About Us

Learn about Morris Audiology and our mission

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    Our Story

    Learn Brenene Brady's journey and how Morris Audiology came about

Brenene Brady earned her Masters Degree in Audiology as well as a Certificate of Clinical Competency (CCC-A) from the American Speech and Hearing Association (ASHA). Brenene is also a member of the American Academy of Audiology. She has worked in clinical settings, and volunteers her knowledge and time at local nursing homes.


Why she went into Audiology: "I was always interested in helping people communicate better. I started school with the idea of becoming a Speech Pathologist. The undergraduate degree is in both Speech Pathology and Audiology. The more Audiology classes I had, the more interested I became in Audiology. The correct decision was made to go into Audiology. I love helping people enter once again into a world full on sounds, practically the sound of family and friends. It’s very rewarding to have someone tell me that they have been a wallflower for many years and that how they feel like they are now again a participant in the world about them."
Brenene Brady M.S., CCC-A

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    Frequently Asked Questions

Hearing loss is caused by a number of factors which includes;

  • Exposure to loud noise
  • Heredity factors
  • Radiation and chemotherapy treatments.
  • Wax buildup
  • Trauma
  • Ear and viral infections

Not necessarily. Due to the gradual nature of hearing loss, it is possible you do not realize you have it. At times, it may take the intervention of a third party to convince you that you have a hearing problem.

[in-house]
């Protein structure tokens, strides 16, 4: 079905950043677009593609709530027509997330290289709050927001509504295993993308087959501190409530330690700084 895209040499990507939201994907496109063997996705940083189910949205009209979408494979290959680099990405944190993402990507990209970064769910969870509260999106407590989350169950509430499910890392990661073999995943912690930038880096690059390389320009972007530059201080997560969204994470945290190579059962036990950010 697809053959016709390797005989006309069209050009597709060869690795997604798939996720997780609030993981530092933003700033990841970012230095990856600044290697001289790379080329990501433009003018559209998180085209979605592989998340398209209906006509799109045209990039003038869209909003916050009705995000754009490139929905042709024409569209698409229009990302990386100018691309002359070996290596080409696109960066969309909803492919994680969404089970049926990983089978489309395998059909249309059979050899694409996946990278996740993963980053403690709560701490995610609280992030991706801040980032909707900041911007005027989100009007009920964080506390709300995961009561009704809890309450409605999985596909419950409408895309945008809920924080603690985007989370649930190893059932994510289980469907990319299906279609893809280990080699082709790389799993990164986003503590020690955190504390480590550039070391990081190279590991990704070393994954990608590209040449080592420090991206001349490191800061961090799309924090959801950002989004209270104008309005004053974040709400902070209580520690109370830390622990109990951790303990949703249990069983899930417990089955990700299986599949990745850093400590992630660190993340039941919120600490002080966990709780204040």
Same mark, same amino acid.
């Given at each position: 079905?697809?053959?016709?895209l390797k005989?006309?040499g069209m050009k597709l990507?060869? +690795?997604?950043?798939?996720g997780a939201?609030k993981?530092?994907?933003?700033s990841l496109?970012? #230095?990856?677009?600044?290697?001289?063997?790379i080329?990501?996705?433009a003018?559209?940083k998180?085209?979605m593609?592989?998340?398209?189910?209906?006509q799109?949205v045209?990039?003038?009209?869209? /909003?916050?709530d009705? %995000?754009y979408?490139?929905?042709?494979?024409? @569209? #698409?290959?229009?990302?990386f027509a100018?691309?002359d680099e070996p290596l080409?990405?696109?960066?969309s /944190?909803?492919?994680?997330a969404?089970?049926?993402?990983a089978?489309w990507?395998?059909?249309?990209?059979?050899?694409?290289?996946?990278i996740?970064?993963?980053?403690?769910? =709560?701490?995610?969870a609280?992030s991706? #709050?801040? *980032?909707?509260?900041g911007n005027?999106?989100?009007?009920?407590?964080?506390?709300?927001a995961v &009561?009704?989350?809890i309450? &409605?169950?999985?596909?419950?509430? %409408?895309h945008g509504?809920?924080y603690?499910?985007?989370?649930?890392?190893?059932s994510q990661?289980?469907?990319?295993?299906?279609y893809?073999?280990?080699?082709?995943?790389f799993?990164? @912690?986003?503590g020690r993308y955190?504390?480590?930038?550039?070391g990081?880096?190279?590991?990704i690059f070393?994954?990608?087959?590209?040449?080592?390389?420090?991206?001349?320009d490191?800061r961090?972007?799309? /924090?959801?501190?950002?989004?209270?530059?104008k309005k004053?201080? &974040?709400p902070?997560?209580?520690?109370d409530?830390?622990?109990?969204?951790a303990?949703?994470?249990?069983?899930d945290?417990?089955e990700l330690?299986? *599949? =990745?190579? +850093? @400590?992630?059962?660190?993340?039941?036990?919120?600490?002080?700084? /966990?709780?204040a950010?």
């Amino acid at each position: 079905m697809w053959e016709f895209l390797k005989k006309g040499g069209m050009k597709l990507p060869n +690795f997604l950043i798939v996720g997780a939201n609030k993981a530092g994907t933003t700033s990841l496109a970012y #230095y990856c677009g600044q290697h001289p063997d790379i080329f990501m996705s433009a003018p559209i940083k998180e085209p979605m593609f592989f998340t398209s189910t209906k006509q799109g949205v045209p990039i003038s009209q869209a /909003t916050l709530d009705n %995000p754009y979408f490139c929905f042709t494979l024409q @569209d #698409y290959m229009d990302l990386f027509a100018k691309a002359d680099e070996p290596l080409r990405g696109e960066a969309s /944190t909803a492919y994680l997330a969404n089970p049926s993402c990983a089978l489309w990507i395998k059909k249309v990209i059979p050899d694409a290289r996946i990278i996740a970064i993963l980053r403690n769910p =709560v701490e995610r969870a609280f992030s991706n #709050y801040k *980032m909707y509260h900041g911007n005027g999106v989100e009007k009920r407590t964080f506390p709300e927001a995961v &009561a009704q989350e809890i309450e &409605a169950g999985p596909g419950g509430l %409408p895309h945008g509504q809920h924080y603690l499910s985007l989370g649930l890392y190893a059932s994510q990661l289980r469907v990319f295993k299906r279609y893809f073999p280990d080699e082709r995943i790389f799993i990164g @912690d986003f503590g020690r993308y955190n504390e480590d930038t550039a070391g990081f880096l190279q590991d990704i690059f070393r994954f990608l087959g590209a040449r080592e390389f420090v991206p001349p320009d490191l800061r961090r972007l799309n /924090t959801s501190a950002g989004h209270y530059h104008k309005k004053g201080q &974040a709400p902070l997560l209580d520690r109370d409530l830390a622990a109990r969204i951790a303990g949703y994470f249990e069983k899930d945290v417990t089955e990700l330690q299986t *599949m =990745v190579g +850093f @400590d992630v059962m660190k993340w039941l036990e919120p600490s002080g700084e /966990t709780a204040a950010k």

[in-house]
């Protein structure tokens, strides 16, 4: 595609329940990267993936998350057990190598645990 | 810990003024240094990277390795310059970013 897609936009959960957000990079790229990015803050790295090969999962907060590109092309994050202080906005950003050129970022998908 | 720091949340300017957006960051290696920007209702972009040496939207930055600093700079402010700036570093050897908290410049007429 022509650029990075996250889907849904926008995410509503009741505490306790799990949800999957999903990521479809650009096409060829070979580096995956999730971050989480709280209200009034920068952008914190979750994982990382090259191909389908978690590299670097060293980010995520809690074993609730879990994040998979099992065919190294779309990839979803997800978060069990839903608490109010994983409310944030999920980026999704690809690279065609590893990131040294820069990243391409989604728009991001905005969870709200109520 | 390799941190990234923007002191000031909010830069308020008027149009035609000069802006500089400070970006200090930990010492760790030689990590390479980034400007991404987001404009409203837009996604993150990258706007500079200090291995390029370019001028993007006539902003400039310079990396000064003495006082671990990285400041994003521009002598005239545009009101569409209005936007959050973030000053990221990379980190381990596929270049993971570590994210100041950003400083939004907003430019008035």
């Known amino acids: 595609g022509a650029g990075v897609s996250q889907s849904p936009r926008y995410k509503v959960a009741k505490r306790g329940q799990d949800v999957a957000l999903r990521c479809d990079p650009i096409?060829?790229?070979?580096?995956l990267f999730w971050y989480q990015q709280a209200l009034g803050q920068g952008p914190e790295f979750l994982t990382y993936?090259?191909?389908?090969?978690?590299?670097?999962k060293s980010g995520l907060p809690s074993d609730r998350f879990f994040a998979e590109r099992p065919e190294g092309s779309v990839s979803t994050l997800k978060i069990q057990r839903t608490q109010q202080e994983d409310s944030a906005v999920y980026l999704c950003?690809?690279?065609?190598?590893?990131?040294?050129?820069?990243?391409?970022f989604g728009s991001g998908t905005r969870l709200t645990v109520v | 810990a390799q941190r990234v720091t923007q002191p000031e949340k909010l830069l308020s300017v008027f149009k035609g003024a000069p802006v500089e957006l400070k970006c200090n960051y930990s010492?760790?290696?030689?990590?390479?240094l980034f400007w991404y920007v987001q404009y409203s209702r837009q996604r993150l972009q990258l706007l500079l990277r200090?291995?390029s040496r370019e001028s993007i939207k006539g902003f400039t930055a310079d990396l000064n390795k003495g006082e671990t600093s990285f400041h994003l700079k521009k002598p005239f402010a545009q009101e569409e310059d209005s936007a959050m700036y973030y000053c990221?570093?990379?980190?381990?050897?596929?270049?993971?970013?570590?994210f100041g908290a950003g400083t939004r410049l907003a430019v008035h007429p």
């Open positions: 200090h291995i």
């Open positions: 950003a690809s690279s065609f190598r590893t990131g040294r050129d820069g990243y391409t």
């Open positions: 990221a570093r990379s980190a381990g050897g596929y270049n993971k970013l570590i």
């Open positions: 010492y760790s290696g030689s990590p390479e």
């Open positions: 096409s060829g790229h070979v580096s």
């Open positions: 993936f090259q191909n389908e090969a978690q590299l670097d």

Yes. We have 3 types; which are conductive, sensorineural and mixed.

Conductive hearing loss comes from the outer or middle ear and at times, both. Sound is prevented from reaching the inner ear, however, the auditory nerve works just fine.

Sensorineural hearing loss stems from the inner ear. This is caused as a result of damage to auditory nerve and/or auditory hair cells.

Mixed hearing loss represents the combination of both conductive and sensorineural factors.

Yes. With the assistance of an audiologist as well as the latest technology, hearing aids can go a long way to improve your hearing abilities.

Absolutely not. Hearing aids only imply a treatment for hearing loss which can affect any individual regardless of the age.

Yes. They are called assistive listening devices (ALDs). They are available to help individuals hear better in certain situations. For instance, ALDs can help improve your hearing ability while watching television or for group-listening events such as lectures, religious services and more. Telephone amplifiers are also available to individuals with difficulty understanding speech issued via the telephone.

Consult with an audiologist right away. An audiologist is trained to carry out a thorough hearing evaluation to identify and determine whether or not a hearing loss requires a medical or non-medical attention and will refer you to a medical professional if necessary. It is the job of an audiologist to identify, diagnose as well as treat and manage your hearing loss.